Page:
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Smallholder farmers are a key part of the solution to the climate change challenge

Photo credit: UN News Centre

Farmers growing lettuce and other vegetables in the highlands of Bevatu Settlement, Nadrau, Viti Levu, Fiji. Photo: IFAD/Susan Beccio

Small farmers can be major actors in reducing agriculture’s carbon footprint – UN agency

Helping farmers adapt to the impacts of climate change can also significantly reduce greenhouse gas emissions, finds a new study released today by one of the agricultural agencies of the United Nations system.

“What this report shows is that smallholder farmers are a key part of the solution to the climate change challenge,” said Michel Mordasini, Vice President of International Fund for Agricultural Development (IFAD). “With the right investments, smallholders can feed a growing planet while at the same time restoring degraded ecosystems and reducing agriculture’s carbon footprint.”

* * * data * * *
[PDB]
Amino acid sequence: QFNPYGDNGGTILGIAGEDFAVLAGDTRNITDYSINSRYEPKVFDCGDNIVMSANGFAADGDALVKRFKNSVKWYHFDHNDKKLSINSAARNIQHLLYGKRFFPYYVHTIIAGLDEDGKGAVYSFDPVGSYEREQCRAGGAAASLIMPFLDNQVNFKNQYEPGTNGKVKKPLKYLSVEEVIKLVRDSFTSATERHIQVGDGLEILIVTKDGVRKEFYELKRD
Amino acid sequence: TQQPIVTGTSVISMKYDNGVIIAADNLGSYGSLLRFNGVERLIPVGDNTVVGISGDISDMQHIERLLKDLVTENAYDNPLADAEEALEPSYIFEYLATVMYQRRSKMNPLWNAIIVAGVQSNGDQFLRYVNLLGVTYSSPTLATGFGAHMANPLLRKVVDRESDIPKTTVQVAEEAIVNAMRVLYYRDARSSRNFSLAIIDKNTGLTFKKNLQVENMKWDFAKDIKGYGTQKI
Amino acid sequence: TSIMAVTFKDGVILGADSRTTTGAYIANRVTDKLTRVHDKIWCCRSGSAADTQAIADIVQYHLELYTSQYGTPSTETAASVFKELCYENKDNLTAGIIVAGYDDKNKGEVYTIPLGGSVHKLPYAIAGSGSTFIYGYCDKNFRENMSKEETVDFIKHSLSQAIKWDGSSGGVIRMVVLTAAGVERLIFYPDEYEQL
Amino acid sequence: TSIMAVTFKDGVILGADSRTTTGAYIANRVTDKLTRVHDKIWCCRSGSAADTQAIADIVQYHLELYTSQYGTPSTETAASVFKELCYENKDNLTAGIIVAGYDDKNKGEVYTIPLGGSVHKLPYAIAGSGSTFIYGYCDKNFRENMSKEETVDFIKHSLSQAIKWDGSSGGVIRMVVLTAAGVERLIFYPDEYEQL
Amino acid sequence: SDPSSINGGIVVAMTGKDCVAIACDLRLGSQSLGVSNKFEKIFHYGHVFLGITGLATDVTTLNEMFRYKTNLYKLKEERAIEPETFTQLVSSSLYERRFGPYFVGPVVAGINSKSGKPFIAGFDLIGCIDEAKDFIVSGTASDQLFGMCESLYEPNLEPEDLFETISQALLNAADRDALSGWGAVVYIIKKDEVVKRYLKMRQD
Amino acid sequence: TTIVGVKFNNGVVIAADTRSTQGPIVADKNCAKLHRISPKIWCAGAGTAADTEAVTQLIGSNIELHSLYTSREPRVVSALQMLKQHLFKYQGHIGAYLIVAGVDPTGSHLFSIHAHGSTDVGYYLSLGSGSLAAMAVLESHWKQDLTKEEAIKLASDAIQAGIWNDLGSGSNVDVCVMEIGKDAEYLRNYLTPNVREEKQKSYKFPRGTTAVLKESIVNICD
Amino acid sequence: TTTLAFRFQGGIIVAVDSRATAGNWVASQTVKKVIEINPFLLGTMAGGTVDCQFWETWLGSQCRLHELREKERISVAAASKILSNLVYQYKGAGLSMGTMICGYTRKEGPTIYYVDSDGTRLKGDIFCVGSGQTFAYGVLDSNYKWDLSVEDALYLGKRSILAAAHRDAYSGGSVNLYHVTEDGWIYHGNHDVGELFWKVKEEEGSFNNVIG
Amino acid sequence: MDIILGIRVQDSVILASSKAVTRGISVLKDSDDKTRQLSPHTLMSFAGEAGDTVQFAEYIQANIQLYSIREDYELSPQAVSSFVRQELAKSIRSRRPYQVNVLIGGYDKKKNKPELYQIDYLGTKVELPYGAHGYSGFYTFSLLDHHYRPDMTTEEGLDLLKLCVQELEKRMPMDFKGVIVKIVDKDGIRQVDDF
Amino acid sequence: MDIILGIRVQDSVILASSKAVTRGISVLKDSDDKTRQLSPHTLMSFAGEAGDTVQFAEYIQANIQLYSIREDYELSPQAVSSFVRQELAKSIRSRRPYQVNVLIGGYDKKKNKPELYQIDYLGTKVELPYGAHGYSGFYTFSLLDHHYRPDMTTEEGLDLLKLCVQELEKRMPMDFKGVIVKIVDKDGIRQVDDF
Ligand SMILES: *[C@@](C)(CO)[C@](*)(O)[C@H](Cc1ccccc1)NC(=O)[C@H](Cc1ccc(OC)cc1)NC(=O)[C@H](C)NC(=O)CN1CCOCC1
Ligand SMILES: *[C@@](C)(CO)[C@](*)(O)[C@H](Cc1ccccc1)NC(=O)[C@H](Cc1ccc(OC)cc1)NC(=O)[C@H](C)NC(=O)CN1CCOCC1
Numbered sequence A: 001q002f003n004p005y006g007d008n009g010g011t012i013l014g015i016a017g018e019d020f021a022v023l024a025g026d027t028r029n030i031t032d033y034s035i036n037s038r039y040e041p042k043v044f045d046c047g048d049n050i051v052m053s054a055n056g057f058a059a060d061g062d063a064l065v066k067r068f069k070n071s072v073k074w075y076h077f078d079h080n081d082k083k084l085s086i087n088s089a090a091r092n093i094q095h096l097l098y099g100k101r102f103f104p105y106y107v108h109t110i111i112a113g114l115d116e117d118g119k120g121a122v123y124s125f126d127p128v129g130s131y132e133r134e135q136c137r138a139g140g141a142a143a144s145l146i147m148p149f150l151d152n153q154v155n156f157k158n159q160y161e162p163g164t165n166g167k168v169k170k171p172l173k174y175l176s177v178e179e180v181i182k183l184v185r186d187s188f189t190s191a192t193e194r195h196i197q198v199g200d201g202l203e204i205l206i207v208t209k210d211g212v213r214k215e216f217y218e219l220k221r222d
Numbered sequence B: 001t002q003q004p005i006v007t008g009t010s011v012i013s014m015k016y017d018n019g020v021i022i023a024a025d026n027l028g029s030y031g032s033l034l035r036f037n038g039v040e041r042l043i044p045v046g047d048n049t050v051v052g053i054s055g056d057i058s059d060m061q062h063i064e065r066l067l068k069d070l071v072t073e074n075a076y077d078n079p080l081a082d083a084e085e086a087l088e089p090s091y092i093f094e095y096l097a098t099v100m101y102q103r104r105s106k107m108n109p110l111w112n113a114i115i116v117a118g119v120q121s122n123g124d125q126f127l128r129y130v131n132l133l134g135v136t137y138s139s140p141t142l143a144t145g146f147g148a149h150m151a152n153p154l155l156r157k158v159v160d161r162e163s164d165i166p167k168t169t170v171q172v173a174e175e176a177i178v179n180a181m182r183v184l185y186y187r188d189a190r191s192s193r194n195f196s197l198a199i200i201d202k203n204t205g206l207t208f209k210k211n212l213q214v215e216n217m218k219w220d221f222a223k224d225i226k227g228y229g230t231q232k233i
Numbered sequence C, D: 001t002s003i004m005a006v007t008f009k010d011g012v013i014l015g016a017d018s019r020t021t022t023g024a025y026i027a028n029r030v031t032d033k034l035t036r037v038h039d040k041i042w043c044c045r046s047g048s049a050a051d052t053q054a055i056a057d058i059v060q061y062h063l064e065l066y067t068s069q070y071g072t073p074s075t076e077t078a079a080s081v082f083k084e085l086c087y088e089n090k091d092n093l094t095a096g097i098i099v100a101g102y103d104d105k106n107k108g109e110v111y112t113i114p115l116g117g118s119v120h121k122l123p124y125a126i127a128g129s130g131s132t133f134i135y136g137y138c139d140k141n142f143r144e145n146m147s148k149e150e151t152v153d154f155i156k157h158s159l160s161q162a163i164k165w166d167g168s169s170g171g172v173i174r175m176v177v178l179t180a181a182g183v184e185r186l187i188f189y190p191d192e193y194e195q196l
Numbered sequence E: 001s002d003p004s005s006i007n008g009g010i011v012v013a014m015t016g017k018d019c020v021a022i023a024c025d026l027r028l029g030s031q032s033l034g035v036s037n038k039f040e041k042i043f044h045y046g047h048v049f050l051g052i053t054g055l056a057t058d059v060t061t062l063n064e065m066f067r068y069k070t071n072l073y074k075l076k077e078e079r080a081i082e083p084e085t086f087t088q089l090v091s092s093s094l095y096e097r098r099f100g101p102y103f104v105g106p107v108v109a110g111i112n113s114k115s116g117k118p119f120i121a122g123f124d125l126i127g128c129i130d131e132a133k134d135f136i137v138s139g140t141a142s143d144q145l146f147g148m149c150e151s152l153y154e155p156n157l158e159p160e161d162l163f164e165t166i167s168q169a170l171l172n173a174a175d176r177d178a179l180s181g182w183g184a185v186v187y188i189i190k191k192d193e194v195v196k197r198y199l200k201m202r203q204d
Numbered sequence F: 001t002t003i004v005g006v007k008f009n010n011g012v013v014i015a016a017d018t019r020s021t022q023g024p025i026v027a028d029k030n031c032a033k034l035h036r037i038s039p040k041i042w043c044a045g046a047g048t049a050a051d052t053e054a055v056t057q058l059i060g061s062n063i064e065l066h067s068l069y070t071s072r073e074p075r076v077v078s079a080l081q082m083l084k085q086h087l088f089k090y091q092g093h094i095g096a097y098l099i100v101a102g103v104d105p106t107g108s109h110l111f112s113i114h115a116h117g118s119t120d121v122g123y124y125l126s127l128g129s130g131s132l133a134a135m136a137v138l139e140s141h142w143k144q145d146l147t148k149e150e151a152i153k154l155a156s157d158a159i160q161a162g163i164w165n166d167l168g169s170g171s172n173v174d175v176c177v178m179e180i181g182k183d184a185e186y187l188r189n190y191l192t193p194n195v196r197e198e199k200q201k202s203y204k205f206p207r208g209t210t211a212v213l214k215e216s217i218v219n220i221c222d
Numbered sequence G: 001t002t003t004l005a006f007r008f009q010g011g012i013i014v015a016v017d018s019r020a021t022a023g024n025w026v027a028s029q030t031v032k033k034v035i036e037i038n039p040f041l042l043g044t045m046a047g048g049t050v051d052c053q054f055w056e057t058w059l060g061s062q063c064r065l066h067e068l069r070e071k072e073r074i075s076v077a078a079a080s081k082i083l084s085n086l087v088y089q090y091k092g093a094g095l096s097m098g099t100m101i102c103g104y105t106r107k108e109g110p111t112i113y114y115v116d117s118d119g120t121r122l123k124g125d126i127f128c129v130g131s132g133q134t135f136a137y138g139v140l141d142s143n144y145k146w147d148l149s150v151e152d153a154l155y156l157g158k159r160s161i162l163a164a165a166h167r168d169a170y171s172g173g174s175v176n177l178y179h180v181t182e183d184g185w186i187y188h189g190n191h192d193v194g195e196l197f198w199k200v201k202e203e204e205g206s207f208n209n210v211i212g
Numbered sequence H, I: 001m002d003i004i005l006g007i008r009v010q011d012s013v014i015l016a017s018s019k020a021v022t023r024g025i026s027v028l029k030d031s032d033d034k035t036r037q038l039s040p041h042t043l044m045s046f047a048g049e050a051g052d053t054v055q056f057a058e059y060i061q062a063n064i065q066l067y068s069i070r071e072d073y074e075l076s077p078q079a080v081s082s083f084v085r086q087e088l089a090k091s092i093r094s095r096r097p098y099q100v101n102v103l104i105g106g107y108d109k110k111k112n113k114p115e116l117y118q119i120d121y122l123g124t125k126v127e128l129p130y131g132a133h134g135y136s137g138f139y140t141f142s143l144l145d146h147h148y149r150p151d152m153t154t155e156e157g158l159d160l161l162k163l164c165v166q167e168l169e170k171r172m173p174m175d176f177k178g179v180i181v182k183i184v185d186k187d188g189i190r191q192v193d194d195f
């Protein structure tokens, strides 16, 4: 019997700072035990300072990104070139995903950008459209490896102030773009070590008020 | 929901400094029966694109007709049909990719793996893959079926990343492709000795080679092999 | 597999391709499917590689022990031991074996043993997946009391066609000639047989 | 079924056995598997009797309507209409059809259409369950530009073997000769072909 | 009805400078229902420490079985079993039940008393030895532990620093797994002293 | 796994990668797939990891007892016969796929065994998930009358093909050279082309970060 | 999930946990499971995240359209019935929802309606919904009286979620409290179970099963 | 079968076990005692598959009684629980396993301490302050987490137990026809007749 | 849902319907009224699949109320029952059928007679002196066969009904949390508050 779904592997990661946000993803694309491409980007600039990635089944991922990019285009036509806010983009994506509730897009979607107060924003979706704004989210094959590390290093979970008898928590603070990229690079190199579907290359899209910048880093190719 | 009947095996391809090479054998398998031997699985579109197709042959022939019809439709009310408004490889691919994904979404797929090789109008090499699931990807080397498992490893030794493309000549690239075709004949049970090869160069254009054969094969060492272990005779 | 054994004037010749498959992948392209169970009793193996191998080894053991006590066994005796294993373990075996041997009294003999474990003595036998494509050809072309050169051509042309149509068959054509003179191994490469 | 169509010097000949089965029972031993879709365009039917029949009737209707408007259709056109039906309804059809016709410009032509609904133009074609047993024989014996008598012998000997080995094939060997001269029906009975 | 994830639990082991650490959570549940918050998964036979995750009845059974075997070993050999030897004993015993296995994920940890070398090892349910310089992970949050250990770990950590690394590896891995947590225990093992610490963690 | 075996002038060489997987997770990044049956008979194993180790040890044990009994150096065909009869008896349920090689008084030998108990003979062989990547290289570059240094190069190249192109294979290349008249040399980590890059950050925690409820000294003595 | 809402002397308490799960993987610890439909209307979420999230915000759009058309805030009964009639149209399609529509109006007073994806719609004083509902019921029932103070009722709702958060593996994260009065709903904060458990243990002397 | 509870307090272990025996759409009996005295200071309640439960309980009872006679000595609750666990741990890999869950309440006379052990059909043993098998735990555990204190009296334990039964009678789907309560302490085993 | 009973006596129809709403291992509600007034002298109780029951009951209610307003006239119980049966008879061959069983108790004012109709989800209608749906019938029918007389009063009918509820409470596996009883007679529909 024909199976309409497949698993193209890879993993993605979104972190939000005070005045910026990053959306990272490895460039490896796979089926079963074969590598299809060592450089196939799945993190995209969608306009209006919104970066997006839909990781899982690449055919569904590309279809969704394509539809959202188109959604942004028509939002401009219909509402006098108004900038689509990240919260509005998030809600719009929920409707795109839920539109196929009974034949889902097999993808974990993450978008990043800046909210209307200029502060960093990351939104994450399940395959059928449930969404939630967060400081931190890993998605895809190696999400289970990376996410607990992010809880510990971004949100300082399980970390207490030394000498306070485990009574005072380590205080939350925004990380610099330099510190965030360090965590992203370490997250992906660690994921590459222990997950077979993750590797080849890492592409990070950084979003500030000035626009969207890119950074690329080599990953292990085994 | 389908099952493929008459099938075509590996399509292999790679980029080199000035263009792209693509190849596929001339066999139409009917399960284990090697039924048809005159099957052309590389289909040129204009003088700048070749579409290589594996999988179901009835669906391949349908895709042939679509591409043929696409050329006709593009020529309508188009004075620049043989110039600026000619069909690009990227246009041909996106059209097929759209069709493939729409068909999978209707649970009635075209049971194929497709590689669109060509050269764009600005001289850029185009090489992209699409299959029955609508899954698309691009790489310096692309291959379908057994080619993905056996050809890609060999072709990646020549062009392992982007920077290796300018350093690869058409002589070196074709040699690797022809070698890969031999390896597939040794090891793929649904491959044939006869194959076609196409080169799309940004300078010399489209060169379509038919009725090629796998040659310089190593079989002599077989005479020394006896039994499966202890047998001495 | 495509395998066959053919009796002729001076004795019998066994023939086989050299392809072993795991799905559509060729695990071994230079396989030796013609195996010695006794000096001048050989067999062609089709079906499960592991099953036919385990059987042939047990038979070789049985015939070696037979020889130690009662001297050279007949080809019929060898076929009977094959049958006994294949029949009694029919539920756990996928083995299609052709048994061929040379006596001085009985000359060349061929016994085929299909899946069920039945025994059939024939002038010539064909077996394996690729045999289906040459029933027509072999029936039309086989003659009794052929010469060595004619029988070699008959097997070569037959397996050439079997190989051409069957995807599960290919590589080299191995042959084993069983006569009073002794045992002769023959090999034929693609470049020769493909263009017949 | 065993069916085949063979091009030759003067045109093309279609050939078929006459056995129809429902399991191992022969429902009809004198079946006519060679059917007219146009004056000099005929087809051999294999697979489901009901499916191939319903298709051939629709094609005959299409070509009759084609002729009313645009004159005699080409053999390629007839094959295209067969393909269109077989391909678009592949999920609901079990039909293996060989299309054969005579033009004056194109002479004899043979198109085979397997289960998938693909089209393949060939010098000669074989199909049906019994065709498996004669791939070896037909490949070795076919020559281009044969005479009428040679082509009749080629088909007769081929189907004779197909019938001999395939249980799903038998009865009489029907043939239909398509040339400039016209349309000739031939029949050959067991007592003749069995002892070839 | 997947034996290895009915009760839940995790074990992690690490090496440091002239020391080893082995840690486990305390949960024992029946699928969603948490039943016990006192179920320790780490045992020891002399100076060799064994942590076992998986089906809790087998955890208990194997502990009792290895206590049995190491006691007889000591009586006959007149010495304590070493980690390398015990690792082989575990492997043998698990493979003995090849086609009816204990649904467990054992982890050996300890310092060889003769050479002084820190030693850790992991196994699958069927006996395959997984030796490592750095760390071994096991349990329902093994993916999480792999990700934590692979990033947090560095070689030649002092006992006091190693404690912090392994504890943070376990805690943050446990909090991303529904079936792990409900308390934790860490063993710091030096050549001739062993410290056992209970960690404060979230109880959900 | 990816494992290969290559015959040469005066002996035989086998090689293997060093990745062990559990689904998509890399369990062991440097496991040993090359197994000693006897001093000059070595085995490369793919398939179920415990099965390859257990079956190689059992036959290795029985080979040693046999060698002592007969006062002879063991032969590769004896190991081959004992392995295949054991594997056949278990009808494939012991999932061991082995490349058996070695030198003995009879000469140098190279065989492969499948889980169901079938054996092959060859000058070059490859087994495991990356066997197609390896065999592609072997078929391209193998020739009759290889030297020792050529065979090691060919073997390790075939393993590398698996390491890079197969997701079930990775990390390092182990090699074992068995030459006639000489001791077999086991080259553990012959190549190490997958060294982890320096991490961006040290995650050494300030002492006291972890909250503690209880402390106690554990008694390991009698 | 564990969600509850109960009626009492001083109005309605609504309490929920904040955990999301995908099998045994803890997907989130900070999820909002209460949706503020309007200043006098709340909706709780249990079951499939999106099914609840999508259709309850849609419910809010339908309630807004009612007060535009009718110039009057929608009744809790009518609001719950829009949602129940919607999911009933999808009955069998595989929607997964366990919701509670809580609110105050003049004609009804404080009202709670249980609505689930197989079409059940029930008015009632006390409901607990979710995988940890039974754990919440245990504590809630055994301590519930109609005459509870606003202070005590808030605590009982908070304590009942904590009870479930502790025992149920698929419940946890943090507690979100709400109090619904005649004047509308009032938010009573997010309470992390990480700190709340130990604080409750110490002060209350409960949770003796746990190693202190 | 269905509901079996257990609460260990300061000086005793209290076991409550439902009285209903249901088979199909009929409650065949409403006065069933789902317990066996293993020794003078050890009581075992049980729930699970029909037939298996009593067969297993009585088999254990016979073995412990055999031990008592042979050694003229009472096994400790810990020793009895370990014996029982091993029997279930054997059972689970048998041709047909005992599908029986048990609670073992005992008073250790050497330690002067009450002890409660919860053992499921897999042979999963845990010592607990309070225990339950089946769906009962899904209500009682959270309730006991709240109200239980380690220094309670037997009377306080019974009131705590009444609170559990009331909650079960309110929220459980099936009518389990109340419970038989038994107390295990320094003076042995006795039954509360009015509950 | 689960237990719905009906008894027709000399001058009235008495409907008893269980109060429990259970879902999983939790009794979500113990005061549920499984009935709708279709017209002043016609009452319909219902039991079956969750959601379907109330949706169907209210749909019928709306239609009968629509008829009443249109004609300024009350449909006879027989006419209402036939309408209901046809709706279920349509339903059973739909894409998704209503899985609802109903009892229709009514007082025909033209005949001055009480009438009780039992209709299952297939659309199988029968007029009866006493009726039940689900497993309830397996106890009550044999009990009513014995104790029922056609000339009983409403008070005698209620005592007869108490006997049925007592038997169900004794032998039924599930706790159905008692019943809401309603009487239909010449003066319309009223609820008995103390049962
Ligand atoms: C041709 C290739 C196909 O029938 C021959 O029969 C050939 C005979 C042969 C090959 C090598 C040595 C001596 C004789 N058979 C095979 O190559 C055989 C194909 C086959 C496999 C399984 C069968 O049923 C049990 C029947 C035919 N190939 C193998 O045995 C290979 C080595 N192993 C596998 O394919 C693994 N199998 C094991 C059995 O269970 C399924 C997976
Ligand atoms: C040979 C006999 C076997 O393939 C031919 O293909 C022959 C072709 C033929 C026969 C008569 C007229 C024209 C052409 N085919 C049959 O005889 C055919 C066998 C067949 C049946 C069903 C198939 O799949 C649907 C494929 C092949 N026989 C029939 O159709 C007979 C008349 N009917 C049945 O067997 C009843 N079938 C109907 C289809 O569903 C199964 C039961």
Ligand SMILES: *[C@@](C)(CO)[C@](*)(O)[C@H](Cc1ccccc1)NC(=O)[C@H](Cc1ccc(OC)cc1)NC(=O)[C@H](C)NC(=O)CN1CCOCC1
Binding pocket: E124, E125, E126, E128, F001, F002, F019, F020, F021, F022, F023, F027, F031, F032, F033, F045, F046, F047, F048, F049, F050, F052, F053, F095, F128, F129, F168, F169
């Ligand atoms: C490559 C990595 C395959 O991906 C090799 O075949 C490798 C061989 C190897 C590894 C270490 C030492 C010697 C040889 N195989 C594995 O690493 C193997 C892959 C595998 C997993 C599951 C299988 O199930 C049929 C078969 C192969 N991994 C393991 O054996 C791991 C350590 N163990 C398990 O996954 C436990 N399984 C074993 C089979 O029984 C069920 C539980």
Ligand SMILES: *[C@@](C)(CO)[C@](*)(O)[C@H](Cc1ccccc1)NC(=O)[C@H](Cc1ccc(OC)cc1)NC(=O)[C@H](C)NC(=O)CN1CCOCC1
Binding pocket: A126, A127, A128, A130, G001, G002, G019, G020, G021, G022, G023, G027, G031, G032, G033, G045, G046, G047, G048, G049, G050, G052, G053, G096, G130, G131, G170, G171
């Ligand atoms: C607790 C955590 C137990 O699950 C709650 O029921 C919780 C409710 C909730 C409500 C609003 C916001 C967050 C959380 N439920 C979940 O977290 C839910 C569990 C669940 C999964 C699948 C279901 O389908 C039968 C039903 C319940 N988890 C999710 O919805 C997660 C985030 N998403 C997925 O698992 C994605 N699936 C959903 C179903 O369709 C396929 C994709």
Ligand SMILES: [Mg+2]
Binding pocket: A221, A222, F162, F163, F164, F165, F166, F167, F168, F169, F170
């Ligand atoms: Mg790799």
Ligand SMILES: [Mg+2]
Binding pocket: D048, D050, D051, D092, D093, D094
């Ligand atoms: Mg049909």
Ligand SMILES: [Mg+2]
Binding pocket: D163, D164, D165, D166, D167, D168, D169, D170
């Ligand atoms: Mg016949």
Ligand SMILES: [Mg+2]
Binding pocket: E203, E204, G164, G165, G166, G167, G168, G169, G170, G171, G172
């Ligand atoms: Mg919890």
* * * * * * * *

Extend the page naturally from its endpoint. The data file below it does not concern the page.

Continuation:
IFAD chose UNESCO’s Our Common Future under Climate Change Science Conference in Paris to release details of its latest research with the Research Program on Climate Change, Agriculture and Food Security of the Consultative Group on International Agricultural Research (CGIAR).

The study finds reducing emissions may not be as big a burden as some may believe and could be another benefit of adaptation activities. The study, released today, examines IFAD’s portfolio of projects focused on making smallholder agriculture more resilient to climate change.

Read the full article: UN News Centre

Published by

Willem Van Cotthem

Honorary Professor of Botany, University of Ghent (Belgium). Scientific Consultant for Desertification and Sustainable Development.